George Badger, whose name is known to many users of power tubes, died this week. He was 84.
According to a notice in the San Francisco Chronicle, after serving in the infantry in World War II George Milton Welles Badger returned to California and attended UC Berkeley. He was a member of the Zeta Psi fraternity, colonel in the ROTC and president of the Amateur Radio Club. He graduated from Berkeley in 1951 with a degree in electrical engineering. He was recruited out of college to work on developing a color television tube.
He went to work for EIMAC, first as a design engineer, later as product manager and marketing director. When EIMAC was acquired by Varian, Badger worked in the microwave tube division. After Varian, he became president of Svetlana Electron Devices, then worked as vice president of business development of CPI Econco.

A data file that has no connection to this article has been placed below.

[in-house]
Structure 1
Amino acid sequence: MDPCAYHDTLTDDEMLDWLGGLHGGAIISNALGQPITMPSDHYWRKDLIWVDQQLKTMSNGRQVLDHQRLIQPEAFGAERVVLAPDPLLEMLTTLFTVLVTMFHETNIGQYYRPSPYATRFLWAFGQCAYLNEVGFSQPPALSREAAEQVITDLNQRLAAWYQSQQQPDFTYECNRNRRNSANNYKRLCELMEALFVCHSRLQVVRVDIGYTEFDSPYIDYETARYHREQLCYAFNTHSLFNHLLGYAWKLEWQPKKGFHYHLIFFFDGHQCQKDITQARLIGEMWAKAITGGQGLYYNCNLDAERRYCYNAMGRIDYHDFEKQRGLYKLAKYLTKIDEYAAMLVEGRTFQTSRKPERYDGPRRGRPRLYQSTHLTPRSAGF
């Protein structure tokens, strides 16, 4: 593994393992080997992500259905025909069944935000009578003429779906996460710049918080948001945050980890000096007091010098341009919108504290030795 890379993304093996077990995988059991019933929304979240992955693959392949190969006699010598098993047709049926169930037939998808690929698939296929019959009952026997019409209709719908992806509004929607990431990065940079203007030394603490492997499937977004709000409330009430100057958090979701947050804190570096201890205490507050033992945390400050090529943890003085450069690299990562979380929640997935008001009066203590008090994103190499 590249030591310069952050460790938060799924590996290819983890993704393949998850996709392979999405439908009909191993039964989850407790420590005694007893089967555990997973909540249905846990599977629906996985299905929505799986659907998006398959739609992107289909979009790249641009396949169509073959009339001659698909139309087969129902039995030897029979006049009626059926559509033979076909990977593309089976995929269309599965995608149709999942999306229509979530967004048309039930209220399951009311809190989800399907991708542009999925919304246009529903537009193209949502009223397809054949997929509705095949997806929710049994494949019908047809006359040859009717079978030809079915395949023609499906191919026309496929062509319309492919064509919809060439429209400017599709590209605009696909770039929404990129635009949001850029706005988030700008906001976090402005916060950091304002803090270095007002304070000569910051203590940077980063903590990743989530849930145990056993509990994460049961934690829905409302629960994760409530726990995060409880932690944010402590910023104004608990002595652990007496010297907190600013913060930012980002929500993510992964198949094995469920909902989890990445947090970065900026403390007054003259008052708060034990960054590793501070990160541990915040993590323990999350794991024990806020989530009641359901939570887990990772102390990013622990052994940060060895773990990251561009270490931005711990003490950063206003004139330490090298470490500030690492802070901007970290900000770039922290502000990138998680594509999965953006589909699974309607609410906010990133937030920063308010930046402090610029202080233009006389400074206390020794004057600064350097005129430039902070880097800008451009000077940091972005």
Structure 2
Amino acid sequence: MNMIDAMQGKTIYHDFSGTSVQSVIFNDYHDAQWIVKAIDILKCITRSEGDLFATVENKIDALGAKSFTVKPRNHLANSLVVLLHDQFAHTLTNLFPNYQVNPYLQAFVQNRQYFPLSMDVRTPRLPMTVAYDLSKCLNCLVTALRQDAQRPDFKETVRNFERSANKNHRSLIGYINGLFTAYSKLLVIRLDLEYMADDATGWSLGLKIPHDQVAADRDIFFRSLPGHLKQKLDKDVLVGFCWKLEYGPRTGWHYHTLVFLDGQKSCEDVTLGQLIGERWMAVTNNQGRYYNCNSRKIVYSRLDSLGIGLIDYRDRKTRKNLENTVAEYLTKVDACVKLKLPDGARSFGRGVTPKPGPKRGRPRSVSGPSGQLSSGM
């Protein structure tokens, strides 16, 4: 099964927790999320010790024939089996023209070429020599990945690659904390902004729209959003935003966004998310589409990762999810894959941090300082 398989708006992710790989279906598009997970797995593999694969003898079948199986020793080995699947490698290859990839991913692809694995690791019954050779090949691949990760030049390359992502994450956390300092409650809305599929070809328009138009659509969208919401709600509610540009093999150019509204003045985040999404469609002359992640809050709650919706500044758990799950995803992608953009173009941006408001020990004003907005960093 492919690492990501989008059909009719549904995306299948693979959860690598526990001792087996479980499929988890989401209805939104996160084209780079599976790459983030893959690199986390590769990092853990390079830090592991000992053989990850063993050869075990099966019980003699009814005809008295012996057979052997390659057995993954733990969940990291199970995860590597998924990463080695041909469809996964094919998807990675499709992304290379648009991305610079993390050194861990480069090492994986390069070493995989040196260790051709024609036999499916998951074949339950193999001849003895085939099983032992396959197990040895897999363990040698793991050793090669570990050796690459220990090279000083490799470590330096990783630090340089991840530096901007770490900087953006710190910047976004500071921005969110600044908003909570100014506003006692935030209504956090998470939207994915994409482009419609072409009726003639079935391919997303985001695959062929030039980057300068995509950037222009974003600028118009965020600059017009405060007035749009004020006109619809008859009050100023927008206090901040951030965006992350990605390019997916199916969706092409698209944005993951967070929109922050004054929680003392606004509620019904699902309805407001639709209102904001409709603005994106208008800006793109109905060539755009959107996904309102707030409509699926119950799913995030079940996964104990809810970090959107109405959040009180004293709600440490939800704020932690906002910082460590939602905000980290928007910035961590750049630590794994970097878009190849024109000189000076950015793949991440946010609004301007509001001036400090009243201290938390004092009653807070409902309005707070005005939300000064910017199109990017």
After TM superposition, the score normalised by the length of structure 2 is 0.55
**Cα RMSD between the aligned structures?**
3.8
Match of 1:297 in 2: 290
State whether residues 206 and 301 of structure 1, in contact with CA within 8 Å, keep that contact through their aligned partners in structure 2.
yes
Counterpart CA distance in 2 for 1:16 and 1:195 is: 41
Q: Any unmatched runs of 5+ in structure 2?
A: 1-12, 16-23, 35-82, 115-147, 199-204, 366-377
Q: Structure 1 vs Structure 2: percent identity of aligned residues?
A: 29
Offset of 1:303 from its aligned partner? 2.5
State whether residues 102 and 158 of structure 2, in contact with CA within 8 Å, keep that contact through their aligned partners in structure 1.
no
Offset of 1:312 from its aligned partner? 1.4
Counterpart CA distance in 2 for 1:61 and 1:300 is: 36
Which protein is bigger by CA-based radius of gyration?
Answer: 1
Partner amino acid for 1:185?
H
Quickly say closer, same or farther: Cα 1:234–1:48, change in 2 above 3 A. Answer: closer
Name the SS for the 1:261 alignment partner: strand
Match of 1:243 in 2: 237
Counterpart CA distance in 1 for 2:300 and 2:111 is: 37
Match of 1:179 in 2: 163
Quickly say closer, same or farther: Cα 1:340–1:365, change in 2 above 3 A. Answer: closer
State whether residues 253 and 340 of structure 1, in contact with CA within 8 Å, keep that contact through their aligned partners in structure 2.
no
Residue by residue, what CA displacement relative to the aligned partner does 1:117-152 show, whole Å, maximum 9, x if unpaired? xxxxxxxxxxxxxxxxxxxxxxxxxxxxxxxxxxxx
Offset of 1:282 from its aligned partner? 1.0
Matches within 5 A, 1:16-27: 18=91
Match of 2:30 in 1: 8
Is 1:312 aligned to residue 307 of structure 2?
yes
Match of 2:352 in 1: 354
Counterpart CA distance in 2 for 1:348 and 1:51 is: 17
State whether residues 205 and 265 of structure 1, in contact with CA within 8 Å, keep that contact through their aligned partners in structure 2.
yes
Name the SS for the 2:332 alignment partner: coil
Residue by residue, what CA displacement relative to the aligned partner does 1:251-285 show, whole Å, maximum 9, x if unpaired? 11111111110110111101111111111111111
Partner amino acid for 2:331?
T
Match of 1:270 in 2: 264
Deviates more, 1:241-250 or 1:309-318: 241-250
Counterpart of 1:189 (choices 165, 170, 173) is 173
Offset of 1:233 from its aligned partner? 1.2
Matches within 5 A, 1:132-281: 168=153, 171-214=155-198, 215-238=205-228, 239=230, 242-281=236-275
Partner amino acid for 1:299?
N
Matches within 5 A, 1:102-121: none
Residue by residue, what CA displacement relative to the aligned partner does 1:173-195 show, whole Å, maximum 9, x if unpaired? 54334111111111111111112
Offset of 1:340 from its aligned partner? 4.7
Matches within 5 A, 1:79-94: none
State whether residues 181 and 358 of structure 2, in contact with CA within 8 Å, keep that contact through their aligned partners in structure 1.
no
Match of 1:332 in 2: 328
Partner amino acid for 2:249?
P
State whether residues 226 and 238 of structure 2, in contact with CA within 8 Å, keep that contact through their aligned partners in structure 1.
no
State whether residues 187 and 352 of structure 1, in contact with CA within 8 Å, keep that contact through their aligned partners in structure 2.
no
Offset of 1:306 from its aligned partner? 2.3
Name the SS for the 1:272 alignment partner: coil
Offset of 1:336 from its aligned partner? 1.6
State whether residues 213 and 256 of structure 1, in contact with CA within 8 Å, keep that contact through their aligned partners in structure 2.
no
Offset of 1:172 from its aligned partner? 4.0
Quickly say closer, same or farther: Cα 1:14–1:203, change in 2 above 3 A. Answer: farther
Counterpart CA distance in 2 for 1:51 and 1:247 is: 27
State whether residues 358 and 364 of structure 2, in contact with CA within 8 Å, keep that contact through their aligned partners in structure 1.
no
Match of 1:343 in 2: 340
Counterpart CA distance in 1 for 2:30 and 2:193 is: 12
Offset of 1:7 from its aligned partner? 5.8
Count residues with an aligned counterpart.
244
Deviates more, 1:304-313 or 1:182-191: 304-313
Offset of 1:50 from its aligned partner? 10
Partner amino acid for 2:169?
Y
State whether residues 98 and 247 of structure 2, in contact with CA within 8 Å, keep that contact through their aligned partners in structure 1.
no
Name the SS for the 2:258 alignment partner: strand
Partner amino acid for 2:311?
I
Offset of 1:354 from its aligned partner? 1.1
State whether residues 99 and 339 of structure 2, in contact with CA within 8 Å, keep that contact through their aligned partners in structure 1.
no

Badger holds seven patents for microwave tube and circuit design, as well as an Emmy Award for the invention of a special vacuum tube used for UHF television broadcast.
His lifetime passion was amateur radio; he was W6TC. He published many technical articles in the amateur radio press. He was elected as a Fellow in the Radio Club of America and held DXCC Honor Roll #1, 5BDXCC and 5BWAZ.
Badger is survived by his wife Nancy as well as three children and four grandchildren. He and Nancy were married 51 years.
Contribution can be made to the Stanford University Medical Center, Department of Immunology, 2700 Sand Hill Road, Menlo Park, CA 94025.
A service for Badger is set for 2 p.m. Sunday Nov. 22 at Christ Church, 815 Portola Rd., Portola Valley, Calif.